Medications and Sleep Aids

There are numerous different medications and dietary supplements that are used to assist with falling asleep and/or staying asleep. Some sleep aids can be habit-forming, in that as a person uses them, they often begin to rely on them more and more. Before starting any medication or supplement, it is important to talk to a doctor about the possible side effects.

If there is a mood disorder linked to the sleep disorder, antidepressants or anti-anxiety medications are often prescribed to help improve sleep. Dietary supplements such as melatonin (a hormone naturally produced by your body) and chamomile (an herbal remedy) are helpful to some who struggle with sleep disorders.

Behavioral and Psychotherapy

In cases when sleep disorders are caused by or worsened by anxiety, depression, or PTSD, psychotherapy sessions can be extremely helpful and even essential. Therapy may be beneficial by helping you get to the root of the problem or find strategies to manage stress, negative emotions, and traumatic events that may be contributing to your sleep problems.

Through the Cognitive Behavioral Therapy (CBT) approach, your therapist can help you learn to change actions and thoughts that are harming your sleep. This is a very effective treatment for insomnia (called CBT-I sleep programs) and is often considered to be the first line of treatment.

For circadian rhythm sleep disruption (often occurring from jet lag or shift-work) or individuals with delayed sleep phase syndrome (DSPS), light therapy is often used. This technique—also called phototherapy—can help individuals “re-set” their internal clock, which can help re-establish a healthy sleep pattern.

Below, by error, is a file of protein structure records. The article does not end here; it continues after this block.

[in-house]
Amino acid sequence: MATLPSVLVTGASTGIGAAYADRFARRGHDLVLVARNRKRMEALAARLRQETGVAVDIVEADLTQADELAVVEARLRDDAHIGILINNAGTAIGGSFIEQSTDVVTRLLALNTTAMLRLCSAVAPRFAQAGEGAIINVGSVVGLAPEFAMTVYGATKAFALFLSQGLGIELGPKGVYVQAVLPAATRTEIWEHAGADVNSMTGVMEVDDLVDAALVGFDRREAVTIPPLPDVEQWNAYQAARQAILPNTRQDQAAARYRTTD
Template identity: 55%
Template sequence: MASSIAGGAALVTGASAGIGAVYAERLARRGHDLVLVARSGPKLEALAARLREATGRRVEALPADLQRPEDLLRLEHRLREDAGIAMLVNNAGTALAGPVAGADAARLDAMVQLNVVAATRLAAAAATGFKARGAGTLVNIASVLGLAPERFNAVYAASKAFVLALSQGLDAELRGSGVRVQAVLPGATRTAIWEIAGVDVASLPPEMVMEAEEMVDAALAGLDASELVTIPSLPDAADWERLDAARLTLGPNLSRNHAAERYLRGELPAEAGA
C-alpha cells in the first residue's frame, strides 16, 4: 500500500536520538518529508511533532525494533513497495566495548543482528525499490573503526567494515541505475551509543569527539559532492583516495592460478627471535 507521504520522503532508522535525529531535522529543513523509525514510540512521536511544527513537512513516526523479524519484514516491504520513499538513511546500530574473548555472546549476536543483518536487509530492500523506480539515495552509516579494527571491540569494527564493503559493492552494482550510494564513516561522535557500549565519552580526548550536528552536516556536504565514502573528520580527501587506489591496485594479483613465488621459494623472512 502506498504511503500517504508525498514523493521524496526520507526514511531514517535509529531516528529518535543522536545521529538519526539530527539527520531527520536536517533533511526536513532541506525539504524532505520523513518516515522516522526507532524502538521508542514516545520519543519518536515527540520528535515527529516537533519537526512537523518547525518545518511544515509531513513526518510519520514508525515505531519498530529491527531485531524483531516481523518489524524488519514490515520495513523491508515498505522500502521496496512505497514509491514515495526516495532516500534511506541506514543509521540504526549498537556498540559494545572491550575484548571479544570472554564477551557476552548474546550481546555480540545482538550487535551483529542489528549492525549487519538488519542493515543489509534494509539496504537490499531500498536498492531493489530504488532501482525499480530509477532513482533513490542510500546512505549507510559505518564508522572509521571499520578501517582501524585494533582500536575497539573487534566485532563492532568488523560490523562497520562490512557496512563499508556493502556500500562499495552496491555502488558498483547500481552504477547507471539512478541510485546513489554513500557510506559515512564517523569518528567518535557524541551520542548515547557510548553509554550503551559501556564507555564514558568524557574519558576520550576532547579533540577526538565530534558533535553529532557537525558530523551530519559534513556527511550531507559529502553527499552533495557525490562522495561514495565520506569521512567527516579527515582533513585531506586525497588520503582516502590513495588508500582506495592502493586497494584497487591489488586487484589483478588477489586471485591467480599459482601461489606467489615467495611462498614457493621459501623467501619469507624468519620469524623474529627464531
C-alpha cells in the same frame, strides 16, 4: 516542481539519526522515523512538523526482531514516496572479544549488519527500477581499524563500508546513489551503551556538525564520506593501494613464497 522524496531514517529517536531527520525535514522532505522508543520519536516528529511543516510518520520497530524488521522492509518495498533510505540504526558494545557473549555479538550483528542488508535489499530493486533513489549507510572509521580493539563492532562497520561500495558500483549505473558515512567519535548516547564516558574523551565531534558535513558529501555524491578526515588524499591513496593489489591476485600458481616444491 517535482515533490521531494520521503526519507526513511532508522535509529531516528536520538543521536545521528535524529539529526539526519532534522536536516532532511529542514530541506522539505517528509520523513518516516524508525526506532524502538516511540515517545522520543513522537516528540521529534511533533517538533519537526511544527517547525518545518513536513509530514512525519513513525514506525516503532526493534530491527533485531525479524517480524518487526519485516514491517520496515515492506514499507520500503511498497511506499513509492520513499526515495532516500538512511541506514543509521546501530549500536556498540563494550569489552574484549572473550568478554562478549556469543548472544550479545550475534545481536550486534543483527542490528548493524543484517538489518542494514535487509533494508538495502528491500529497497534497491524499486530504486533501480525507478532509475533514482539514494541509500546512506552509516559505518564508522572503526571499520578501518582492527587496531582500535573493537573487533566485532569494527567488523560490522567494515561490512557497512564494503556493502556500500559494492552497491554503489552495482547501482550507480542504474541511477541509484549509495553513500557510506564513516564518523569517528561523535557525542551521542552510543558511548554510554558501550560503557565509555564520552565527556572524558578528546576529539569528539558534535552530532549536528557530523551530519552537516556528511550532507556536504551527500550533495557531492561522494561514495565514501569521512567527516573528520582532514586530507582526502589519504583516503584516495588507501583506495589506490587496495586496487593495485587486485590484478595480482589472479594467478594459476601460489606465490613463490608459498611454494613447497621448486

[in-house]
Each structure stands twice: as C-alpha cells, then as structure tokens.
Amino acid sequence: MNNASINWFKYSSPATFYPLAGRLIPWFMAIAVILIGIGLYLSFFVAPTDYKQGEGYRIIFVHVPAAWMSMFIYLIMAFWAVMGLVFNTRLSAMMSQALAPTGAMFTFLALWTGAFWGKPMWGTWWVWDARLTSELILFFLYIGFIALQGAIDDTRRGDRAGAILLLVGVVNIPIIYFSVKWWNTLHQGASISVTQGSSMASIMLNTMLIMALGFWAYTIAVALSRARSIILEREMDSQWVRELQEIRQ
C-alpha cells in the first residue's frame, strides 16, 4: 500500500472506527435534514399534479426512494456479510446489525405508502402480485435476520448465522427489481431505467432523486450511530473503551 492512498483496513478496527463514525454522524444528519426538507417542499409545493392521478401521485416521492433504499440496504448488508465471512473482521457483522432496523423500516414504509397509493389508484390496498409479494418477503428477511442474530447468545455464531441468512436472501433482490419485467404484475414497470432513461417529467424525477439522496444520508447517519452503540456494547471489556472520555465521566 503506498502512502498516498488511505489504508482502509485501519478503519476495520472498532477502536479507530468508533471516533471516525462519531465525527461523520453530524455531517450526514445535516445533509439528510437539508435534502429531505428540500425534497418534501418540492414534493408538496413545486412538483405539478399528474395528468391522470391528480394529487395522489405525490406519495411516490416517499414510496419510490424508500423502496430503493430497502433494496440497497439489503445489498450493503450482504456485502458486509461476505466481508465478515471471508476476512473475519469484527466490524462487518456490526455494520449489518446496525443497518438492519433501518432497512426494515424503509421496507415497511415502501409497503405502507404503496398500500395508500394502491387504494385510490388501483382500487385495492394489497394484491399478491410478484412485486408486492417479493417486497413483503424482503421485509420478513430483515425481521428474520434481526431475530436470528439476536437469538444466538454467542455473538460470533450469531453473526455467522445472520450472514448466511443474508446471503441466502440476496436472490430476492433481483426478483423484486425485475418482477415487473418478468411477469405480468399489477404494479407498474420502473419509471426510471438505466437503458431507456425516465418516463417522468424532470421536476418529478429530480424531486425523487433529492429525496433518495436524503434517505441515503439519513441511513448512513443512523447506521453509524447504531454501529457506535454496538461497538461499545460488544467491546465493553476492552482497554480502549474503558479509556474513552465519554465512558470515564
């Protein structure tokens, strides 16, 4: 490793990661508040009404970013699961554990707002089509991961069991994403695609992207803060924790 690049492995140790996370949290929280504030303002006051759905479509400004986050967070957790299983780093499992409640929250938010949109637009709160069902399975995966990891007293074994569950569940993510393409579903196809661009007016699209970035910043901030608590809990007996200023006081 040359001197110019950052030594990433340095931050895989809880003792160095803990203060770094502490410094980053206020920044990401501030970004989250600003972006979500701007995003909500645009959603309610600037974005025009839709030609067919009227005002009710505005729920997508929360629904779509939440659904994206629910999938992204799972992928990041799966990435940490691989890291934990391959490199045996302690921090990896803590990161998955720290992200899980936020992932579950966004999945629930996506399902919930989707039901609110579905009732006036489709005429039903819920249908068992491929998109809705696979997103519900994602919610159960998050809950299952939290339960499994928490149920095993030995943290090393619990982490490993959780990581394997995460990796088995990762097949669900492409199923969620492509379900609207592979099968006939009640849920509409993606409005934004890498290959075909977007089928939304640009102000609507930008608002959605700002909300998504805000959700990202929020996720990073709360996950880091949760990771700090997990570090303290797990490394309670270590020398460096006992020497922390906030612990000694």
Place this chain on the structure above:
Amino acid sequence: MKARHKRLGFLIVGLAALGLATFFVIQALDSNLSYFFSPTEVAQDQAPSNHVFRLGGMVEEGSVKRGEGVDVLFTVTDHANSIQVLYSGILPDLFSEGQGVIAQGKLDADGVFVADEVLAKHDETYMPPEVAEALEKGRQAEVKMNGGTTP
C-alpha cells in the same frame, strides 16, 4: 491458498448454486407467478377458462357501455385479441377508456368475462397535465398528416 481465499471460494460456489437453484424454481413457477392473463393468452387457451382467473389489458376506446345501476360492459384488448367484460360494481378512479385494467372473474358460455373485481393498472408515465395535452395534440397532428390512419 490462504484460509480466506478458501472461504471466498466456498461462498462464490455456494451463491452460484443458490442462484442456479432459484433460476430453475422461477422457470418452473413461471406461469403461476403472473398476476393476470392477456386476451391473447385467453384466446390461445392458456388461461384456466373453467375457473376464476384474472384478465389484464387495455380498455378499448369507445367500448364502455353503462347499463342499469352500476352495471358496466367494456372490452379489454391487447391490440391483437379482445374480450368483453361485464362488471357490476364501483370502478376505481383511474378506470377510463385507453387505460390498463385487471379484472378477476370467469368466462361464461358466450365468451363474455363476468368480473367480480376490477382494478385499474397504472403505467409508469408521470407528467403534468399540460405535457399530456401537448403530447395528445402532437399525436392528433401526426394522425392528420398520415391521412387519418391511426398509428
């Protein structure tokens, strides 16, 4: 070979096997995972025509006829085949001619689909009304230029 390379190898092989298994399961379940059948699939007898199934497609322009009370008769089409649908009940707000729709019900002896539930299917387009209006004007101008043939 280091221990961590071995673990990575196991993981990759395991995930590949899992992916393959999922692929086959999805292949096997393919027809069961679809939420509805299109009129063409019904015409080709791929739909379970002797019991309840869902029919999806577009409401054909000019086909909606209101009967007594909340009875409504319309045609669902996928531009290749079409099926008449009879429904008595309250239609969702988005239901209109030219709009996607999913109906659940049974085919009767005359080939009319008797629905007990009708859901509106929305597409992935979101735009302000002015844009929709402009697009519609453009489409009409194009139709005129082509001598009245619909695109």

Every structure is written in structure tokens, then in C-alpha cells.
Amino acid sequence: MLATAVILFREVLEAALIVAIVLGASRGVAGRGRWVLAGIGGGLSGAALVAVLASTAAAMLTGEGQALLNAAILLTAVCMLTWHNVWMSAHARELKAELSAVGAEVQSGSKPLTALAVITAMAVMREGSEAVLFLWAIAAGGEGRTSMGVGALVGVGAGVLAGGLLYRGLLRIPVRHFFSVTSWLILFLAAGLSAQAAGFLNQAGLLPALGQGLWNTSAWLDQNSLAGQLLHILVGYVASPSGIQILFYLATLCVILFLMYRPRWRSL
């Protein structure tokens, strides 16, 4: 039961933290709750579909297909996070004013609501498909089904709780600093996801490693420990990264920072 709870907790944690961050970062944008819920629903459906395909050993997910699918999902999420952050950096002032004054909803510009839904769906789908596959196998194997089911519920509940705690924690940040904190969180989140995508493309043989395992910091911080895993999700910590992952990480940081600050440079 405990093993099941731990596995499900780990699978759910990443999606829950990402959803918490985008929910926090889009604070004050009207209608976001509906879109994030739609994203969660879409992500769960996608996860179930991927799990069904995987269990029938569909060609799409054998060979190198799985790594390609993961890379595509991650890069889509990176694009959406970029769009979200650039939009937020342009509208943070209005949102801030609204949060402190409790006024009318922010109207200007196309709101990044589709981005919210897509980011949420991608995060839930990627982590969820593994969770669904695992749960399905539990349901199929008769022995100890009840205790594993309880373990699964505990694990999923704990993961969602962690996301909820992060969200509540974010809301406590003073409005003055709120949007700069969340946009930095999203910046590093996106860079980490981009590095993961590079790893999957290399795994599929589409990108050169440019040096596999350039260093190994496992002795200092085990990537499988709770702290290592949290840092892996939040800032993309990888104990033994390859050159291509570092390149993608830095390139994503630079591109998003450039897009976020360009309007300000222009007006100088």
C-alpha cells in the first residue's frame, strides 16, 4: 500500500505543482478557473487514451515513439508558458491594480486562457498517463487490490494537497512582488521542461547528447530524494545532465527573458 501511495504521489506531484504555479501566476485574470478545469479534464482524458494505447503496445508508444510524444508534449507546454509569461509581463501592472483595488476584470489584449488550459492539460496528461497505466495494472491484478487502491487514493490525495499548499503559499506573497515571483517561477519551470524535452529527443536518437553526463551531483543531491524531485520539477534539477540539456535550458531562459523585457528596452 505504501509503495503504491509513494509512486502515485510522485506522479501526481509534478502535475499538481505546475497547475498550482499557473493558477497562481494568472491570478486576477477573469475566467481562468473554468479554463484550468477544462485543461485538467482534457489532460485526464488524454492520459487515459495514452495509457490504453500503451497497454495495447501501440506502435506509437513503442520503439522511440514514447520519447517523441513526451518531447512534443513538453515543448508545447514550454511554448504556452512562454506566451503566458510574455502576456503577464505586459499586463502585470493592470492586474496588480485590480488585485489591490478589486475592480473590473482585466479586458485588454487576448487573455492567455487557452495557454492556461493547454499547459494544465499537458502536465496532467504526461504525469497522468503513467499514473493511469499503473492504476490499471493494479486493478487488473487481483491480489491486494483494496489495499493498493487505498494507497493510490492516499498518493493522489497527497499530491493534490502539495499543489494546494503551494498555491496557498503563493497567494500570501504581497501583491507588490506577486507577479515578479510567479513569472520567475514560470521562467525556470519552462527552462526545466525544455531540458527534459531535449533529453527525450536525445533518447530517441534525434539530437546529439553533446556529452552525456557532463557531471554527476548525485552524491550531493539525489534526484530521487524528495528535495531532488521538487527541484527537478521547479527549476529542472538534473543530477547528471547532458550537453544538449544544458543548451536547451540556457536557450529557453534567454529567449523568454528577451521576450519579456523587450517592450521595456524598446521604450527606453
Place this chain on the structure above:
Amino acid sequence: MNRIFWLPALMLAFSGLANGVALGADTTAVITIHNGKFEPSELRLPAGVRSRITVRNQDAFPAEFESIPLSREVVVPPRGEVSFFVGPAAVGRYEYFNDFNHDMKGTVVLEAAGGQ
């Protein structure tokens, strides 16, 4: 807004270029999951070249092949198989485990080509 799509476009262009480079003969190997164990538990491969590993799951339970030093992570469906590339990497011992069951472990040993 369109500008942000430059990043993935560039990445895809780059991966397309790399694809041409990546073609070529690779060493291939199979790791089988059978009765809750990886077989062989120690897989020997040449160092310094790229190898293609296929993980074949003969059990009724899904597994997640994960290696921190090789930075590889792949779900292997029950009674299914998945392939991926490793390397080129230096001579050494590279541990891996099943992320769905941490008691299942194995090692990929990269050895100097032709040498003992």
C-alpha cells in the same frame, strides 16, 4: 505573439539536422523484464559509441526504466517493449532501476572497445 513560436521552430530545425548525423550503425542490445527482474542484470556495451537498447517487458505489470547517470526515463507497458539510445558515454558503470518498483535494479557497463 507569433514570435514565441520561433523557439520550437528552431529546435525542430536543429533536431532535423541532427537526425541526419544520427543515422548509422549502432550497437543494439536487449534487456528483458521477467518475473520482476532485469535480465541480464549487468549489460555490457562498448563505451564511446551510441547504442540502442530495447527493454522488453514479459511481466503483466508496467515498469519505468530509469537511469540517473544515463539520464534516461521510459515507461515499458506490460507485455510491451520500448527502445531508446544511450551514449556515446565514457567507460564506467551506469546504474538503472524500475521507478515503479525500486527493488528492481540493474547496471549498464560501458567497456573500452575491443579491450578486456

Lifestyle Changes

Sleep disorders are often best managed through lifestyle changes in conjunction with other medical and psychological treatments.

These 8 healthy lifestyle practices can help with almost any sleep disorder:

  1. Eat a healthy diet, and avoiding foods that irritate your digestive system. If you are concerned that you may have a food allergy or intolerance, you may consider seeing a registered dietitian and keeping a food diary to see if there are any patterns linking what you eat with how you feel and how well you sleep. Eating a balanced diet including plenty of protein, fruits, vegetables, and whole grains is especially important in ensuring that you get the nutrients that you need to sleep well and repair your body while you sleep.